As published in The Erin Advocate
Last week, an email went out to a number of Erin residents from Town Councillor Josie Wintersinger. It said she had been injured in a car accident while on vacation in The Philippines and was desperate for assistance.
She was, of course, safe at home, but quite annoyed at being the victim of a hacker trying to trick people on her email contact list into sending money.
“I have no idea how it happened – I reported it to the police,” said Wintersinger, who was inundated with phone calls from people on the list. She has now changed a number of passwords, to reduce the risk of intrusion into her personal affairs.
“It caused a lot of concern, and one day of wasted time. Once they have your password, you’re in trouble, especially if you’ve used that same password for other things.”
It is called the Emergency Scam, or in cases where a senior is convinced to send money to help a grandchild in trouble, it is known as the Grandparent Scam. Since 2009, the Canadian Anti-Fraud Centre has received 17,132 such complaints, with more than $24 million in reported losses. The average loss per victim was $3,743.
Also last week, Constable Dan MacDonald and Detective Constable Heidi Pautsch of the Guelph OPP were at the Erin Legion with a presentation for the Extended Leaning Opportunities (ELO) lecture series on the wide array of scams that criminals are cooking up to relieve citizens of their hard-earned cash.
“This is their full-time job – they are so sophisticated,” said MacDonald. “I’m sorry to scare you, but you have to be vigilant.”
He says people should reduce the amount of personal information available to identity thieves by shedding paper garbage, picking up their mail promptly and even ripping the labels off prescription medicine bottles. He also suggests that people avoid carrying their Social Insurance card in their wallets.
When you pay with a credit card, he says don’t use the swipe or tap options – these are less secure than using the card chip and PIN. Fraudsters now have devices that allow them to sit in a parking lot and electronically pick up credit card numbers and PINs from inside a store. The chip enhances security by scrambling your PIN number.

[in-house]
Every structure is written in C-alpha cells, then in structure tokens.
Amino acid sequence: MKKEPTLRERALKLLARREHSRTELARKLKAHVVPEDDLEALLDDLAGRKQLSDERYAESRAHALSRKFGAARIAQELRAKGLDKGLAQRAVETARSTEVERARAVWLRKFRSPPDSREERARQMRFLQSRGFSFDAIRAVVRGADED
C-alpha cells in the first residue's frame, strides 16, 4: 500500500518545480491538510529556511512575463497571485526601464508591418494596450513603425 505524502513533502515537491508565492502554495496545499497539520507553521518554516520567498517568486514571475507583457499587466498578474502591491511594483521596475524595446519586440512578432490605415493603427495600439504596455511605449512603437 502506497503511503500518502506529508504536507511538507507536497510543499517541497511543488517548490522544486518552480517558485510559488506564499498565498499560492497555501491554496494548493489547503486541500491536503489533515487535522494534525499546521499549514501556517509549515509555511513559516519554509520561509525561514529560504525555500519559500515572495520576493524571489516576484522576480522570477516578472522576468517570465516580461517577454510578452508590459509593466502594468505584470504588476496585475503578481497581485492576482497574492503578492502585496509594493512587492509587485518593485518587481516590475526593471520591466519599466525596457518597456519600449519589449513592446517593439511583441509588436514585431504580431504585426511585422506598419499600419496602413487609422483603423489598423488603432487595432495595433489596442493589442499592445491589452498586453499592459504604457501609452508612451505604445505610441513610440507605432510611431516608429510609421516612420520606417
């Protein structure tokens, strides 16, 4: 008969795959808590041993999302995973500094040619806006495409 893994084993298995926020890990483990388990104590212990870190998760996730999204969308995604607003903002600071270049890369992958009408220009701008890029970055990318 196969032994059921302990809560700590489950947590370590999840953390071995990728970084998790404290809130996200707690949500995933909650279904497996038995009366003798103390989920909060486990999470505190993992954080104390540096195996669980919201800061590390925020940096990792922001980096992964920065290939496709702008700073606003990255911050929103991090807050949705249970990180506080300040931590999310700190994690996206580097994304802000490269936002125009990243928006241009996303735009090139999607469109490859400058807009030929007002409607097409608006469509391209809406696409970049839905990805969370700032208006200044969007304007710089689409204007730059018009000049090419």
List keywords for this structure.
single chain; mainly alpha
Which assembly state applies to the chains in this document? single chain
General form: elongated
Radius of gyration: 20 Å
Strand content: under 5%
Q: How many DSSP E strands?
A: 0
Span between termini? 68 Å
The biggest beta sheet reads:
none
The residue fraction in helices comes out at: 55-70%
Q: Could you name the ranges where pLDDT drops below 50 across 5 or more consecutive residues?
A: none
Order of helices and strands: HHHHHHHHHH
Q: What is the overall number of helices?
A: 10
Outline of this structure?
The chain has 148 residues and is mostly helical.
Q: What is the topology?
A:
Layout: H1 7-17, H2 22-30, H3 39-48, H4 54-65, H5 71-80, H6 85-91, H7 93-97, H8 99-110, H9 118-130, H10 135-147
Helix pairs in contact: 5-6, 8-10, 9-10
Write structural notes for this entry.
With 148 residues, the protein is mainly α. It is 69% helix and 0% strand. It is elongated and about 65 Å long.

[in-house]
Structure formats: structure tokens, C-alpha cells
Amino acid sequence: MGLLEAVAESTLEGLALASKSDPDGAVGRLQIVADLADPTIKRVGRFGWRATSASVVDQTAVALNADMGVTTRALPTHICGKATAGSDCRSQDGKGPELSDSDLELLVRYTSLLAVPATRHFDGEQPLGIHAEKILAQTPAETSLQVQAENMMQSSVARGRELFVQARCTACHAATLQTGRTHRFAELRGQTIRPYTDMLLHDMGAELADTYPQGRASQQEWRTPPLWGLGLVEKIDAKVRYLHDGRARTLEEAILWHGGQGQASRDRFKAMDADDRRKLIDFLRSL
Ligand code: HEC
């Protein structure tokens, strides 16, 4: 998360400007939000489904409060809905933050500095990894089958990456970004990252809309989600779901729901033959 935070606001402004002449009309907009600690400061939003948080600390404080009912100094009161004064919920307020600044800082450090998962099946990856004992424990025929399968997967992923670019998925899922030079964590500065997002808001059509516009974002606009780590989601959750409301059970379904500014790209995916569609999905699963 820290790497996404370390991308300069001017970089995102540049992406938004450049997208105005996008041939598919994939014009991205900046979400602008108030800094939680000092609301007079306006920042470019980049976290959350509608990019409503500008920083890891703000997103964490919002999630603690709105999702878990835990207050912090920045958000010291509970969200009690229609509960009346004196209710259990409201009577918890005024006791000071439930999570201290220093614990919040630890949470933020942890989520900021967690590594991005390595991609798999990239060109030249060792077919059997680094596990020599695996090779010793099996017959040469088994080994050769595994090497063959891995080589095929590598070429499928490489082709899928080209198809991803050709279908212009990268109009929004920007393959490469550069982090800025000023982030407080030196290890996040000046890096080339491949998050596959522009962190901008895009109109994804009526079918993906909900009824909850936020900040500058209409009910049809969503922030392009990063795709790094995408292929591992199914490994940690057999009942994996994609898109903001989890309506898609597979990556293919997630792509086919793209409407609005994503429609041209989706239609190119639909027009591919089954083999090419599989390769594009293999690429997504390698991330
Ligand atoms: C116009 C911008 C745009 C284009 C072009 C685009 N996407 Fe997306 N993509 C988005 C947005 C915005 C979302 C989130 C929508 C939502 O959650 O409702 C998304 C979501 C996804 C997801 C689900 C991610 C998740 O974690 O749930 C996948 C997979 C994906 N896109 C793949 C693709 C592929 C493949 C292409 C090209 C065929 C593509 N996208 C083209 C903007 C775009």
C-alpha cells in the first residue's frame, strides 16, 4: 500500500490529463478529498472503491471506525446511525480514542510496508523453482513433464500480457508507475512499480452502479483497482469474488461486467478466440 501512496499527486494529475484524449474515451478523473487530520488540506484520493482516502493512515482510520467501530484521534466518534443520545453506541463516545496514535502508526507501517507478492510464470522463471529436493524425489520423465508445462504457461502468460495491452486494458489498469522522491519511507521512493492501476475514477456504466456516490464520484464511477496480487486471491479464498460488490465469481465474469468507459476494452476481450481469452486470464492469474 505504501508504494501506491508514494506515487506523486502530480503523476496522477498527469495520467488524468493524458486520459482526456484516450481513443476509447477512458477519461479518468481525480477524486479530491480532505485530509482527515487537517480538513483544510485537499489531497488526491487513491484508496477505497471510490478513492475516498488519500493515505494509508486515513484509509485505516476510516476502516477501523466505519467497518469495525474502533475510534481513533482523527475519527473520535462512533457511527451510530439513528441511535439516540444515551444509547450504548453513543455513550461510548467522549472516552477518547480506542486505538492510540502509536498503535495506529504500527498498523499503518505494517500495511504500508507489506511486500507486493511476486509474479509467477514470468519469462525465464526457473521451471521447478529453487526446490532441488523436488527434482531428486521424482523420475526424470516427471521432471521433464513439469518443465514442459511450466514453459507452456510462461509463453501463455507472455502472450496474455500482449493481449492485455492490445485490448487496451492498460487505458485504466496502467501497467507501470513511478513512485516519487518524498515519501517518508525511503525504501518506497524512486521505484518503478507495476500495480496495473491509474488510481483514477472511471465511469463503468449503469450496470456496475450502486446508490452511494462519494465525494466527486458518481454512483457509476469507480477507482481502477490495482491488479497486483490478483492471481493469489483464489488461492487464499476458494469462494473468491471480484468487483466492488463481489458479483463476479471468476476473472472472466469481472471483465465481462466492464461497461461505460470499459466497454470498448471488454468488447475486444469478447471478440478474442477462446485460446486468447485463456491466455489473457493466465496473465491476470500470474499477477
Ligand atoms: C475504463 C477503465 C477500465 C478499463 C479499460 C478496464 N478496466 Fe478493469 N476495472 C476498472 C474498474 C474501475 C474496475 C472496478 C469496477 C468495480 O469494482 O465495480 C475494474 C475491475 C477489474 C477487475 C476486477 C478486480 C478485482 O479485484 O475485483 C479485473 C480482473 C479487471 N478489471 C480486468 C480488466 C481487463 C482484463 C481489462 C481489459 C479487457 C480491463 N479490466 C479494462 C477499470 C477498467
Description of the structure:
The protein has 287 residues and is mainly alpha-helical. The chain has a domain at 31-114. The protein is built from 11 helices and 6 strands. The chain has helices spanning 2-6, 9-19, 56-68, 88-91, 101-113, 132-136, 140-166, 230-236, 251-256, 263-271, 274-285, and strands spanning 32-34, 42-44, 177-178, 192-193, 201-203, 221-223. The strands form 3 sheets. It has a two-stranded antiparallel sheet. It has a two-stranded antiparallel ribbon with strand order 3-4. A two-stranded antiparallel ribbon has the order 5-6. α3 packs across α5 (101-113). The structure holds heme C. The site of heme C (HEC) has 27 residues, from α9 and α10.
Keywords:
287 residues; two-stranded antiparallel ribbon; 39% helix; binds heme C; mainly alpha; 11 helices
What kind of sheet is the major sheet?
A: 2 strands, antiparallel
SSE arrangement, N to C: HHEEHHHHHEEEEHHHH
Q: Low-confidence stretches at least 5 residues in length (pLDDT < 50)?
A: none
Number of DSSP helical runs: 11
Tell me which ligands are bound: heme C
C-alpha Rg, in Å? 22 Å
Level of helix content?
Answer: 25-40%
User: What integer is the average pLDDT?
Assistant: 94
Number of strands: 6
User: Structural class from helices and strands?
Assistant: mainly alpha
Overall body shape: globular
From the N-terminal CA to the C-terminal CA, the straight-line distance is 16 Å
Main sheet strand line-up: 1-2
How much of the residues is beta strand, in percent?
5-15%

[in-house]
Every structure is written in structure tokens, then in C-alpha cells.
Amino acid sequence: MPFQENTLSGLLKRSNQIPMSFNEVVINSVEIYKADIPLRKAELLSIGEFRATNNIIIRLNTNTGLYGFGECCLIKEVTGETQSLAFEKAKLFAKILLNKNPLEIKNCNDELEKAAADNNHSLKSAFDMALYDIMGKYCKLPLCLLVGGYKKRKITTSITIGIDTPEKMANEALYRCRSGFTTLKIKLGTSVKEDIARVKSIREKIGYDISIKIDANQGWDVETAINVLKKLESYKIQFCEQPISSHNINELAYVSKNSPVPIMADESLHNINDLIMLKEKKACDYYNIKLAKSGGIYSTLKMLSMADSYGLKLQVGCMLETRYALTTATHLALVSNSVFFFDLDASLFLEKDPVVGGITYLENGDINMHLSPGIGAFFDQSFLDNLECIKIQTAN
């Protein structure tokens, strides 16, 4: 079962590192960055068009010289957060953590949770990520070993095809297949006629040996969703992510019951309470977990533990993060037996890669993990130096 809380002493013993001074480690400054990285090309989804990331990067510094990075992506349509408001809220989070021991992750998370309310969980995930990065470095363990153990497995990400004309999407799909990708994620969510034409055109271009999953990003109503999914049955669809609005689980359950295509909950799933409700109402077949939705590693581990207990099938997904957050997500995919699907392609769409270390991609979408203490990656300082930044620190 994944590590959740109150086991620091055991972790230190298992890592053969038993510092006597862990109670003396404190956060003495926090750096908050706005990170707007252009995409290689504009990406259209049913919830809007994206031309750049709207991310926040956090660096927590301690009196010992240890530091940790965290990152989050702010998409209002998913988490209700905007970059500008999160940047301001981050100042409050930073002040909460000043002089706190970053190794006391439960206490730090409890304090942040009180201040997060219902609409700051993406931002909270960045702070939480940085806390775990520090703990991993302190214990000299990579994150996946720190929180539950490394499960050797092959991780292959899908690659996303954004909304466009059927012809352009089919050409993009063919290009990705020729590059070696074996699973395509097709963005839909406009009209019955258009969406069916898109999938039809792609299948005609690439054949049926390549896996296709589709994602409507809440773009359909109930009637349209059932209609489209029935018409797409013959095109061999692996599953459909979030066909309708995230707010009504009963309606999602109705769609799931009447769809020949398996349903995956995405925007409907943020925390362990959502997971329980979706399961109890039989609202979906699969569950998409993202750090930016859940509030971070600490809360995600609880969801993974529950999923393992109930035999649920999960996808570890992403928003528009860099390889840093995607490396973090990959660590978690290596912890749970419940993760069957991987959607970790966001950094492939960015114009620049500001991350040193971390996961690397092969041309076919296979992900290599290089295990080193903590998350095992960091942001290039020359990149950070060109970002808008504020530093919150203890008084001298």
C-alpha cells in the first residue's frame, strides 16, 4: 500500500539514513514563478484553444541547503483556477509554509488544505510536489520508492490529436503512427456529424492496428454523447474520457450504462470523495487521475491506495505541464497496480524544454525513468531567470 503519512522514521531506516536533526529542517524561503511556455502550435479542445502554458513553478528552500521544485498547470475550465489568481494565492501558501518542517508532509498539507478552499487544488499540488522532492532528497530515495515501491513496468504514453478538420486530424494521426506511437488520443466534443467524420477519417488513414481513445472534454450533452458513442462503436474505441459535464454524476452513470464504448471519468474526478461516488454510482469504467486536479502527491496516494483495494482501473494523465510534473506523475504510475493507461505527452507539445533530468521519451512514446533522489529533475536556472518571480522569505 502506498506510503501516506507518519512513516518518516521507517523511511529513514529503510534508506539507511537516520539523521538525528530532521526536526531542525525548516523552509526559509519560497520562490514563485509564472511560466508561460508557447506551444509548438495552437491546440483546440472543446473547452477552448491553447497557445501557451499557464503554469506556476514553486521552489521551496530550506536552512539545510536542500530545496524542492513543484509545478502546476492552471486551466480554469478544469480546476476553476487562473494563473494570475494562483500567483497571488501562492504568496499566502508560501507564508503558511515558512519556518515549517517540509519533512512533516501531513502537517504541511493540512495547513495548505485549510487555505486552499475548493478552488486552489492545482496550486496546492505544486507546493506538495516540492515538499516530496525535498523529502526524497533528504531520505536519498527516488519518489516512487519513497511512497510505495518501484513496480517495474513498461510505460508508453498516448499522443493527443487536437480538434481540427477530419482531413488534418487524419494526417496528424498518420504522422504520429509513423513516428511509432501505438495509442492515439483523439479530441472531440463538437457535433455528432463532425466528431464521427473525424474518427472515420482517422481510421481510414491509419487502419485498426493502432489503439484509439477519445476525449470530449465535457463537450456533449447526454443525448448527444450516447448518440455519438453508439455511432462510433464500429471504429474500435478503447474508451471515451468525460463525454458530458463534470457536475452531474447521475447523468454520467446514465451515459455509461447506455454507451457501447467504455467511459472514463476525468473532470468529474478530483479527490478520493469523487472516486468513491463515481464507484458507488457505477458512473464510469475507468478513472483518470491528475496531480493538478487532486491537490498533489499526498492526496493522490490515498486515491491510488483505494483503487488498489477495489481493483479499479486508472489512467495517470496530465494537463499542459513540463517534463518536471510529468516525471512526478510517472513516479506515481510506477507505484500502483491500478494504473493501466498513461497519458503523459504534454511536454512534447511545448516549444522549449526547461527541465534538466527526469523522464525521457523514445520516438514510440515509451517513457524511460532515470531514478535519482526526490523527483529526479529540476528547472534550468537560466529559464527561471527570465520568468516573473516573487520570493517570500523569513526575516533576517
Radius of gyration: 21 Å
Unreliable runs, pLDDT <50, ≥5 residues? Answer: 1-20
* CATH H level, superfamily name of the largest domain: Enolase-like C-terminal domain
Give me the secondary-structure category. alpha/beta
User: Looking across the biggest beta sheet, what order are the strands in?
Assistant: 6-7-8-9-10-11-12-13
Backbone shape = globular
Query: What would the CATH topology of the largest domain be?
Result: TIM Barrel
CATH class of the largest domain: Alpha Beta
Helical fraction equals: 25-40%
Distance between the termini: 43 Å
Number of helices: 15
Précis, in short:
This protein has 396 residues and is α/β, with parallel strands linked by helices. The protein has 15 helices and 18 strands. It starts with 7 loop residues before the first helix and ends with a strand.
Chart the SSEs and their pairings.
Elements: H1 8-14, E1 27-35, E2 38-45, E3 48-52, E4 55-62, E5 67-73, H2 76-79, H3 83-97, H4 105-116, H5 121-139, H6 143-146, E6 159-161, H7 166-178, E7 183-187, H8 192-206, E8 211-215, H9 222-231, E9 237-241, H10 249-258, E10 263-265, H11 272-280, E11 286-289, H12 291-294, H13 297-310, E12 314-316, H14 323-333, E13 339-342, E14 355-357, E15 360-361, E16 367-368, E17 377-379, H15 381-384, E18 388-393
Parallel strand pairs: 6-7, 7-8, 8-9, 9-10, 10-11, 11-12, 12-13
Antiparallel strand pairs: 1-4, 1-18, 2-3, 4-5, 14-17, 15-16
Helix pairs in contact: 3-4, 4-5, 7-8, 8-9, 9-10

When emails from strangers make it through your spam filter and invite you to “Click Here”, don’t do it – unless you want to invite malicious software to mine your hard drive for personal information.
Seniors (who make up the majority of the ELO audience) are often targeted by phone or at their doorways by people who know they may be vulnerable.
“Seniors are trusting. They see the best in people, and they often have a nestegg of savings,” said Pautsch, urging people not to send money to anyone without confirming their identity through family members or independent sources. “Usually once the money is gone, it’s gone. We try, but it is really hard for us to get it back.”
Many of these criminals are operating out of other countries, using proxy phone numbers or computer IDs to make them appear local. Police urge people to be aware of common warning signs:
If the deal seems too good to be true, it’s usually not. If a stranger suddenly wants to be your friend, give you something for free, supply a prize for a contest you don’t recall entering or is applying pressure for a quick decision, it is time to bail out.
Never provide your Social Insurance Number (SIN), bank account numbers, credit card numbers or other personal information to callers you don’t know personally, or send those numbers to anyone by email.
Many scams require you to wire money up front, but others involve paying inflated prices or signing long-term contracts for things you may not need, such as paving, a new furnace or water heater, internet services or home renovations.
Pautsch described a case in Wellington County of a well-educated CEO of a company who “lacked romance” and met someone from another country though a dating website. After building up a relationship over a considerable time, this person started asking for increasingly large amounts of money. By the time the victim realized she had fallen in love with a falsely created “person” that she would never meet, she was out $30,000.
“She was very embarrassed and it was hard emotionally, but we couldn’t help her. We could not track this person,” Pautsch said.
The Bank Manager Scam is another trick that is aimed at seniors, with a caller who claims to be from the bank and needs a customer’s help to catch a teller who is stealing money. The senior is asked to withdraw about $5,000 in cash, put it in an envelope and turn it over to the “manager” in a nearby parking lot.
They are told to come in to the branch the next day for a meeting with the manager, which is when they discover it was a scam – one that works more than half the time, according to the Anti-Fraud Centre.
One last tip from the OPP: get a free credit report on yourself from one of Canada’s two credit bureaus (Equifax or TransUnion). Not only will you be able to correct any errors on your file, but also you can check for suspicious activity if someone is using your identity.
More information is available in the fraud prevention section at www.opp.ca or at www.antifraudcentre.ca.